The staunchest advocates for Single Payer Healthcare never, ever, disparage American medicine's ability to deliver the best care in the world in areas such as organ transplant, trauma, intensive care and other high tech endeavors. But these areas are only a sliver of overall clinical outcomes. Even at the quoted 18.5 liver transplants per million done in the US annually, this is only 5000 or so patients. So, while not being dismissive of these patients, they are not reflective of healthcare outcomes of our population. They only reflect what we already know: We spend tons of money on advancing high tech medicine and we are darn good at it. As I view the transition to single payer, I see no reason, other than "conservatives" wailing about unnecessary spending on healthcare as the system matures, for us to continue to do well in our "American specialty" of bleeding edge healthcare.
It looks like Dr. Hughes began his blog about the same time I launched Ave Cassandra, maybe a month later, and that he posts about a dozen times a month. And that he's smart. I added his blog to Ave Cassandra links.
In that Wall Street Journal commentary, I was struck by the numbers —
In 2002 -- a year comparative data is available -- U.S. doctors performed 18.5 liver transplants per one million Americans. This is significantly more than in the U.K. or in single-payer France, which performed 4.6 per million citizens, or in Canada, which performed 10 per million.When you read the Commonwealth Fund studies, the analysts there often say that no one country is better than others in outcomes overall — we're best at some stuff, France is best at some things, Britain for something else... but that the U.S. falls down completely when the fact that we spend so much and exclude so many is taken into account.
What about the differences in outcomes between ours and single-payer systems, an issue Mr. Edwards hasn't directly addressed? One recent study found that patients' five-year mortality after transplants for acute liver failure, the type from which Ms. Sarkisyan presumably suffered, was about 5% higher in the U.K. and Irleand than the U.S. The same study also found that in the period right after surgery, death rates were as much as 27% higher in the U.K. and Ireland than in the U.S., although differences in longer-term outcomes equilibrated once patients survived the first year of their transplant.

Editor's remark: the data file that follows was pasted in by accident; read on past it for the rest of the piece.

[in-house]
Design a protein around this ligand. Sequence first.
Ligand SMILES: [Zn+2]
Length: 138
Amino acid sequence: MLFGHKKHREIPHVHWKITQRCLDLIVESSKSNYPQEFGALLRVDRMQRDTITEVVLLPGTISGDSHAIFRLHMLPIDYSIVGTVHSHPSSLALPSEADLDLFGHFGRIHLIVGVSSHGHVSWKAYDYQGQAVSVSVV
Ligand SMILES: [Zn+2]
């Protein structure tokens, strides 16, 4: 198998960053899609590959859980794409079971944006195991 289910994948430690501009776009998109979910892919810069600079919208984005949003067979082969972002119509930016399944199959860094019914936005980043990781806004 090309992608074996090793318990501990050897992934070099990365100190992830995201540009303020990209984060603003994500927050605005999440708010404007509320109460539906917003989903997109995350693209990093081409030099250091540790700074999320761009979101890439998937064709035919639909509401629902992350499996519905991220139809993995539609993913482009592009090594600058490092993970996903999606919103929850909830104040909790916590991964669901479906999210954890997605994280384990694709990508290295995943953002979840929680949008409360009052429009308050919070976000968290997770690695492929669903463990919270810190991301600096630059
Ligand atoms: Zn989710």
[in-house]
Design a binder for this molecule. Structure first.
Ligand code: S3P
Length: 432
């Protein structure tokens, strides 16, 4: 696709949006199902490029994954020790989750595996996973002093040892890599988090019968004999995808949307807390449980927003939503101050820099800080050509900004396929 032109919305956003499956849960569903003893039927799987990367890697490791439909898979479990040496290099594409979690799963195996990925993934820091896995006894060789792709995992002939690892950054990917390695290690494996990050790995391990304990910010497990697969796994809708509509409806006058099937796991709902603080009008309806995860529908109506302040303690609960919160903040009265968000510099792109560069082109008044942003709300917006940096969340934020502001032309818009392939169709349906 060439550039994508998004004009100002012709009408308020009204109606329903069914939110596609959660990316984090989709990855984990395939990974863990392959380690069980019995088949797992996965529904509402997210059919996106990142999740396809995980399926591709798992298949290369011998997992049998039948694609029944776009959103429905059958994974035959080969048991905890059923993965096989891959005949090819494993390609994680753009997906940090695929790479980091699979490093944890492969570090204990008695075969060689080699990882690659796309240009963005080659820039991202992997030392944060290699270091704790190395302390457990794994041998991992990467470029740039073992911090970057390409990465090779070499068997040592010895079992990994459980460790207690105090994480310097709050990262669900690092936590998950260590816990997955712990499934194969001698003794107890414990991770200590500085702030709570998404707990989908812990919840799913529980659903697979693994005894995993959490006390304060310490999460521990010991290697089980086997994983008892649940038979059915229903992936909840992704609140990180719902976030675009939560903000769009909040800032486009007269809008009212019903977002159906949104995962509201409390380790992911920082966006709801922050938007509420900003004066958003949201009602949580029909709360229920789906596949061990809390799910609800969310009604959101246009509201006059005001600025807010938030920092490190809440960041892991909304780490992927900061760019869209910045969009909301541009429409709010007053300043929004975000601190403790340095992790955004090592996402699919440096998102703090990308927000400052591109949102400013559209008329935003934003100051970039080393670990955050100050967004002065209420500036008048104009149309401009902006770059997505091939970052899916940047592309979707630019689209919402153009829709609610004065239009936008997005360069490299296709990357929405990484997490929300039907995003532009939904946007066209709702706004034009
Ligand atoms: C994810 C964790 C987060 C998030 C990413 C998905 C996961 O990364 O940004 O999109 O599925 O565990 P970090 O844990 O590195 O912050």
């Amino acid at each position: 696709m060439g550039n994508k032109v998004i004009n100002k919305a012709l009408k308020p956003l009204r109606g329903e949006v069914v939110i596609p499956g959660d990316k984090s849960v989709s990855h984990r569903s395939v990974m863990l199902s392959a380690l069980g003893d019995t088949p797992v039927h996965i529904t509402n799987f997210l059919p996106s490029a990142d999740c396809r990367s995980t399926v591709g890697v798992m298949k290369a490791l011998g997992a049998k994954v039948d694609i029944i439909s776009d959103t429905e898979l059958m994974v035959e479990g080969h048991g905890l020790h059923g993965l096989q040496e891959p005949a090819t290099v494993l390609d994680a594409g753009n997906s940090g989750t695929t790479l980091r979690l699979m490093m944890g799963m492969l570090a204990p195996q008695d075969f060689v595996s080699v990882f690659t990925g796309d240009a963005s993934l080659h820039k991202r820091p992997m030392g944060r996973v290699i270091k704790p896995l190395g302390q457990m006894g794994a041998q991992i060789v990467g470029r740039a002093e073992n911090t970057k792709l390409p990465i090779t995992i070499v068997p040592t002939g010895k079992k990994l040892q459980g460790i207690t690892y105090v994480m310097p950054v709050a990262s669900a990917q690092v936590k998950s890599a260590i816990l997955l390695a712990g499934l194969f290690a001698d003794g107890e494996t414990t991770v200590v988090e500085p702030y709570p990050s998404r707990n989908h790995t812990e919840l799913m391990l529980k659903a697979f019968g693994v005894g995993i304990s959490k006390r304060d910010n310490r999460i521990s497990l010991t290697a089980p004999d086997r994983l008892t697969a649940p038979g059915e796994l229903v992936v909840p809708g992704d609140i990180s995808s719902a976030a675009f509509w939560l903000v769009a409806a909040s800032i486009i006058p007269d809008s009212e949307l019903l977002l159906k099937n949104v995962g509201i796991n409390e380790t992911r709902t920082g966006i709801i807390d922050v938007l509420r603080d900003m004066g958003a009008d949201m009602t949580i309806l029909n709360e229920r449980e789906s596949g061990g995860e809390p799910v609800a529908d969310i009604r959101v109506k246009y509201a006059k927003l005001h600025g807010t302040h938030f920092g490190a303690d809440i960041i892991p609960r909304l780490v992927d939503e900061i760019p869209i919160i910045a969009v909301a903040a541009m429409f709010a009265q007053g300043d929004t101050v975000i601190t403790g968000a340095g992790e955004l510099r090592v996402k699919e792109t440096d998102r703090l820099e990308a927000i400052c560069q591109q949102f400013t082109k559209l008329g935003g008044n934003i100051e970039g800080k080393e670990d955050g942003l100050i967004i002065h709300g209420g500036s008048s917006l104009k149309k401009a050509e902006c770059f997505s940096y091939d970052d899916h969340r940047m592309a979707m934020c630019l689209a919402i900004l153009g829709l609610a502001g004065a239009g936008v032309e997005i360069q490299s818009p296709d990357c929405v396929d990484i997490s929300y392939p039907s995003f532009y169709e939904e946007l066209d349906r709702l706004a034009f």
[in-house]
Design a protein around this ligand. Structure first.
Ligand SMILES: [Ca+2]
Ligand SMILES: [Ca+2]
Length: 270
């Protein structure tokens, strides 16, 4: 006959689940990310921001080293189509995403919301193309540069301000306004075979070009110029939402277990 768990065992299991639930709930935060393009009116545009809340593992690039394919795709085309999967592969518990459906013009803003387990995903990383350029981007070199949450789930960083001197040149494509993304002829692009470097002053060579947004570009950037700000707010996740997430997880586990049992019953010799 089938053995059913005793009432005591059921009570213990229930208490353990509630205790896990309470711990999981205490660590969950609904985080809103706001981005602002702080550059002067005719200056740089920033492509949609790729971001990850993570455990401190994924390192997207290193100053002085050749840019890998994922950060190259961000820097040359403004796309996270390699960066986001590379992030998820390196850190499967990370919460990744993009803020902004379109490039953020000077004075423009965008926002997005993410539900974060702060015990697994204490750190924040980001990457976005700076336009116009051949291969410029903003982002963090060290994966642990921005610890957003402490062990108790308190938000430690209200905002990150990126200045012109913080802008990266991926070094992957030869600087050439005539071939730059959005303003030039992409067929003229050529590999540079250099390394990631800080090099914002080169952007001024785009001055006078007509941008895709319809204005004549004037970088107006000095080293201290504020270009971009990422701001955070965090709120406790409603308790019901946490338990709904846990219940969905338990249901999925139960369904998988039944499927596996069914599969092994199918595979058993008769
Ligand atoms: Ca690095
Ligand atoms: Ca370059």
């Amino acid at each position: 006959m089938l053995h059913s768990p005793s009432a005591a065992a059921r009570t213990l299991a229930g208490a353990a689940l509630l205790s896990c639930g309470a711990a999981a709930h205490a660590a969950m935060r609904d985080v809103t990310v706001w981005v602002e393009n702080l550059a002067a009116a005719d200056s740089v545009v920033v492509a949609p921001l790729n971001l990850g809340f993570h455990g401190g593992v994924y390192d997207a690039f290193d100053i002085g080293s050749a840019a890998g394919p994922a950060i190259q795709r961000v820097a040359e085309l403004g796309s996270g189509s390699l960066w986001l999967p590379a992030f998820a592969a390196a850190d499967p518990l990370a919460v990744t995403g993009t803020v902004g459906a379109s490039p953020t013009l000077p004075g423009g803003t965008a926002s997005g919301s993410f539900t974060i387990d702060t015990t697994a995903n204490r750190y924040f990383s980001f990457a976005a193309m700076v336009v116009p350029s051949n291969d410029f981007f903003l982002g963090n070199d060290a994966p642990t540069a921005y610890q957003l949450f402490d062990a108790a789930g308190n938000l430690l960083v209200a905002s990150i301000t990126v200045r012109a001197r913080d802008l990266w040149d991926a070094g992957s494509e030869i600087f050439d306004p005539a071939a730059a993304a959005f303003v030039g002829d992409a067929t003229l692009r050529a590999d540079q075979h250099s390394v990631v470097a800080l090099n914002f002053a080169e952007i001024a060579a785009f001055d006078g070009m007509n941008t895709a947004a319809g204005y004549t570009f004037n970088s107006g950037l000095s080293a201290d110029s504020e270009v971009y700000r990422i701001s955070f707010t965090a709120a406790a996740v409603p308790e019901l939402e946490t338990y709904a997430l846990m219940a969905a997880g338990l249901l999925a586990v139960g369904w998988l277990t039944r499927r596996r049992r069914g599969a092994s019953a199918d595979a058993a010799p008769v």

These findings aren't confined to transplanted livers. A study in the Journal of Heart and Lung Transplantation compared statistics on heart transplants over the mid 1990s. It found patients were more likely to receive hearts in the U.S., even when they were older and sicker. The rate was 8.8 transplants per one million people, compared to 5.4 in the U.K. Over the same period, about 15% of patients died while waiting for new hearts in the U.K. compared to 12% in the U.S. In 2006, there were 28,931 transplants of all organ types in the U.S., 96.8 transplants for every one million Americans. There were 2,999 total organ transplants in the U.K., 49.5 transplants for every one million British citizens.
Unless there is other data that the WSJ author (a physician and right-wing American Enterprise Institute resident fellow) is leaving out, one would assume that transplants are one of the areas in which the U.S. is ahead in terms of practice and outcomes.
I'd be interested in knowing what else goes into these transplant numbers — for instance, the rate of donated organs and their availability, the need for transplants, whether some of our transplants are done on patients that get some other kind of treatment there, and the average age of transplant recipients in the various countries.